2. The first paragraph of a news article should answer the questions who, what, where and when. List the who, what, where and when of this news item. (NOTE: The remainder of a news article provides details on the why and/or how.)

3. a) What is fentanyl used for?
b) How much more powerful is this drug than heroin? Than morphine?
c) How many Americans died from fentanyl in 2016?

4. What does the U.S. Department of Justice believe to be true about fentanyl production?

5. Why haven’t Yan and Zhang yet been arrested?

6. How has the Chinese government responded to the indictment of Chinese citizens?

7. In December 2016, the Chinese government disputed the U.S.’s assertion it is the top source of fentanyl. Today, the U.S. has the evidence, but the Chinese are still unwilling to act.

From a Dec. 16 article:

China disputes U.S. claim it’s top source of synthetic drugs

U.S. assertions that China is the top source of the synthetic opioids that have killed thousands of drug users in the U.S. and Canada are unsubstantiated, Chinese officials told The Associated Press.

Both the U.S. Drug Enforcement Administration (DEA) and the White House Office of National Drug Control Policy point to China as North America’s main source of fentanyl, related drugs and the chemicals used to make them.

Such statements “lack the support of sufficient numbers of actual, confirmed cases,” China’s National Narcotics Control Commission told the DEA’s Beijing office in a fax dated Friday.

In its letter, which the commission also sent to the AP, Chinese officials urged the U.S. to provide more evidence about China’s role as a source country.

DEA officials said their casework and investigations consistently lead back to China. DEA data also shows that when China regulates synthetic drugs, U.S. seizures plunge.

Beijing is concerned enough about international perceptions of China’s role in the opioid trade that after AP published investigations highlighting the easy availability of fentanyl online from Chinese suppliers, [China’s] Narcotics Commission made a rare invitation to a team of AP journalists to discuss the issue at the [Communist government’s] powerful Ministry of Public Security…in Beijing.

a) What can the Trump administration do to force China to crack down / eliminate the production of fentanyl in China?

b) Ask a parent the same question.


Free Answers — Sign-up here to receive a daily email with answers.

Background

How dangerous is fentanyl? 

History/uses of fentanyl:

  • Fentanyl was first made by Belgian physician Paul Janssen in 1960.
  • Janssen developed fentanyl by testing chemicals similar in structure to pethidine(meperidine) for opioid activity.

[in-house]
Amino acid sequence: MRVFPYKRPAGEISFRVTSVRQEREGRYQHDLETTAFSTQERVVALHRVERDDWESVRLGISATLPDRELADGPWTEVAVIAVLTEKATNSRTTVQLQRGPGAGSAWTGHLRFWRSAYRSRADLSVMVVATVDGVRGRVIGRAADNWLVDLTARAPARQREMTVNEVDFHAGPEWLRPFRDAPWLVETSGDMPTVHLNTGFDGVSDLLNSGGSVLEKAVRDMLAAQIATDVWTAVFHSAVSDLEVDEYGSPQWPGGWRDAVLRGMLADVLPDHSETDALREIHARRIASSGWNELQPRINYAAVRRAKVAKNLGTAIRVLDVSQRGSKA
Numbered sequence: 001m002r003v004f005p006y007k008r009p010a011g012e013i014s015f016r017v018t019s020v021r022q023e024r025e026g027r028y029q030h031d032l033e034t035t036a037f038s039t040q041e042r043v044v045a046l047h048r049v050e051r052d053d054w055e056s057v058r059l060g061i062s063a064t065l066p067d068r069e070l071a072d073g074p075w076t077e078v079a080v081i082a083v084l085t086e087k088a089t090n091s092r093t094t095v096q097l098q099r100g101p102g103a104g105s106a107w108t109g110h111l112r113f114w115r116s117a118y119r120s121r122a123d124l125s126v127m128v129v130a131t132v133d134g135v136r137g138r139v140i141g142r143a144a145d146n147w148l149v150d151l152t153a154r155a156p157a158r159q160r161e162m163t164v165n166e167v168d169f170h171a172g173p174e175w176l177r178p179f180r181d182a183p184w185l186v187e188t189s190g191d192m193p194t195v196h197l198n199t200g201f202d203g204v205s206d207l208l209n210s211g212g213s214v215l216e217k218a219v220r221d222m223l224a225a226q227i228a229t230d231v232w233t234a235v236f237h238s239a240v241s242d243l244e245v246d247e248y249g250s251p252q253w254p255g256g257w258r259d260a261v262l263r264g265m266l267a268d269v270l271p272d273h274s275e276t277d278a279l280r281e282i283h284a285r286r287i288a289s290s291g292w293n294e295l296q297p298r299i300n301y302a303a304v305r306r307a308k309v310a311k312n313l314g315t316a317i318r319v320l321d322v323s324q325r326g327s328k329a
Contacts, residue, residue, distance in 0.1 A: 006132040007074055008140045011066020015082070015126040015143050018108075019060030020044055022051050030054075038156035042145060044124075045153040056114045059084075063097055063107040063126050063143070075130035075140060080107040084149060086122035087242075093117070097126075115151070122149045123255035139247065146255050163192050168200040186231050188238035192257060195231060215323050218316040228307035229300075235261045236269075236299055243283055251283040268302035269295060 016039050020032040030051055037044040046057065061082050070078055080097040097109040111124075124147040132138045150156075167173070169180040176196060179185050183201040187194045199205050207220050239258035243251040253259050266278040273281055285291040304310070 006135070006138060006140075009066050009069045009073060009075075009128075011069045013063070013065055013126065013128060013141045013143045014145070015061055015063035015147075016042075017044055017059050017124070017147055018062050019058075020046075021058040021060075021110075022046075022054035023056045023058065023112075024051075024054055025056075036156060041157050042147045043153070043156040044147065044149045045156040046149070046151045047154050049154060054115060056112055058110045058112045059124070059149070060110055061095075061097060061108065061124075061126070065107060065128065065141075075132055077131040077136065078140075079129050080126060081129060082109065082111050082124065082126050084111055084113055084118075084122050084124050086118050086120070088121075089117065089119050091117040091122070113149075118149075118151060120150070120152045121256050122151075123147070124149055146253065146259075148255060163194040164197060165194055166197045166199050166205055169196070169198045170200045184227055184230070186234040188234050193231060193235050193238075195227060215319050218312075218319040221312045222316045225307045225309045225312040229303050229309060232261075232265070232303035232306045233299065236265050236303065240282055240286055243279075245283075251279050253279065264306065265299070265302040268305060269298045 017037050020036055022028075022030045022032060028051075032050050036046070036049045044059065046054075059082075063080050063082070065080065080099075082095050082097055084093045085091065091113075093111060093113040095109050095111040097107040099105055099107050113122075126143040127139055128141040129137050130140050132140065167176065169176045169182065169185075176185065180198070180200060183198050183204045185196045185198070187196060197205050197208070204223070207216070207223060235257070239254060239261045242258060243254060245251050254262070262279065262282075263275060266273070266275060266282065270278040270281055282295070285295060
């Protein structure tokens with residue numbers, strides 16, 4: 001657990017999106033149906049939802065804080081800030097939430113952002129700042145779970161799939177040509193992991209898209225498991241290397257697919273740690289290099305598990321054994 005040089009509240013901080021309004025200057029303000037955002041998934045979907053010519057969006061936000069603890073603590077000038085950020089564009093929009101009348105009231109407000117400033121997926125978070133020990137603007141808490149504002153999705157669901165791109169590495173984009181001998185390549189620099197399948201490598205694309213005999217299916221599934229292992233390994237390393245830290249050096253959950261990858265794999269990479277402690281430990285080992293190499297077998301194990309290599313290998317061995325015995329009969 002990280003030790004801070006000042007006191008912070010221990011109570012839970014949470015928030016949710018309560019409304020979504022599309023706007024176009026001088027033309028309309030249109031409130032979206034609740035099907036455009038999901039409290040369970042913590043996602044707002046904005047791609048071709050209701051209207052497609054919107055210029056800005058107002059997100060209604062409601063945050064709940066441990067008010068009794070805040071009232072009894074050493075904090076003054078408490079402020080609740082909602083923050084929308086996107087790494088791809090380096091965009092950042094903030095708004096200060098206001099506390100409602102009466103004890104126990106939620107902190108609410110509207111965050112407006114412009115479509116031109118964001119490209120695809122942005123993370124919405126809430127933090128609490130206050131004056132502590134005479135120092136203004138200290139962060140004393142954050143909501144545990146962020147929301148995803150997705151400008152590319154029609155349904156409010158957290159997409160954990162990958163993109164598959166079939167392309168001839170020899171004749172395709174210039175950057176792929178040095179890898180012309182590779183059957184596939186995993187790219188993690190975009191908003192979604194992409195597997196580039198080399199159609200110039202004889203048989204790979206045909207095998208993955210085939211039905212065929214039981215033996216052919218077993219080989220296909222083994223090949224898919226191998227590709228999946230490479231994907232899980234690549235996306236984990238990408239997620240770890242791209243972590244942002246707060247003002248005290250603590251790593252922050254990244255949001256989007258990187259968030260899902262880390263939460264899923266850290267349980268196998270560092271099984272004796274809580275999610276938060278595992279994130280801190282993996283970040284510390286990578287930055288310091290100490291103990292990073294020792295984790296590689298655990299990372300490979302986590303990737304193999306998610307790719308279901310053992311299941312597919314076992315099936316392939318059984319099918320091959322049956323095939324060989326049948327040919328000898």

• The widespread use of fentanyl triggered the production of fentanyl citrate (the salt formed by combining fentanyl and citric acid in a 1:1 stoichiometric ratio), which entered medical use as a general anaesthetic under the trade name Sublimaze in the 1960s.
  • In the mid-1990s, fentanyl was introduced for palliative (end of life) use with the fentanyl patch, followed in the next decade by the introduction of the fentanyl lollipop, dissolving tablets, and sublingual spray which are absorbed through the tissues inside the mouth.
  • As of 2012, fentanyl was the most widely used synthetic opioid in medicine.
  • In 2013, 1,700 kilograms (3,750 lbs) were used globally.
  • Fentanyl has a relatively wide therapeutic index (270) which makes it a very safe surgical anaesthetic when monitored carefully; however, its potency requires careful measurements of highly diluted fentanyl in solution.
  • Fentanyl patches are on the World Health Organization’s List of Essential Medicines, the most effective and safe medicines needed in a health system.
  • Fentanyl is illegally made and used as a recreational drug often disguised as other medications or mixed with heroin, leading to thousands of overdose deaths from 2000 to 2017.  Deaths have also resulted from improper medical use.
  • (from wikipedia)

Opioids are painkillers. There are a number of classes of opioids. Three of these classes, natural opiates, semi-synthetic opioids, and synthetic opioids are commonly referred to as narcotic, or painkilling opioid drugs:

  • The naturally occurring opiates are those which are found in the opium resin of the opium poppy. Although there are over 25 different alkaloids present in opium, morphine and codeine are the only two that are used as narcotic opiate analgesics.
  • All other opioid analgesic medications are either semi- or fully-synthetic and are not found in nature.
  • The semi-synthetic opioids such as hydrocodone, hydromorphone, oxycodone, and oxymorphone are derived from the naturally occurring opiates and opium alkaloids (morphine and thebaine especially).
  • Fully-synthetic opioids such as methadone and fentanyl are synthesized from other chemicals and molecules that do not come from alkaloids found in opium. (from opiateaddictionresource .com)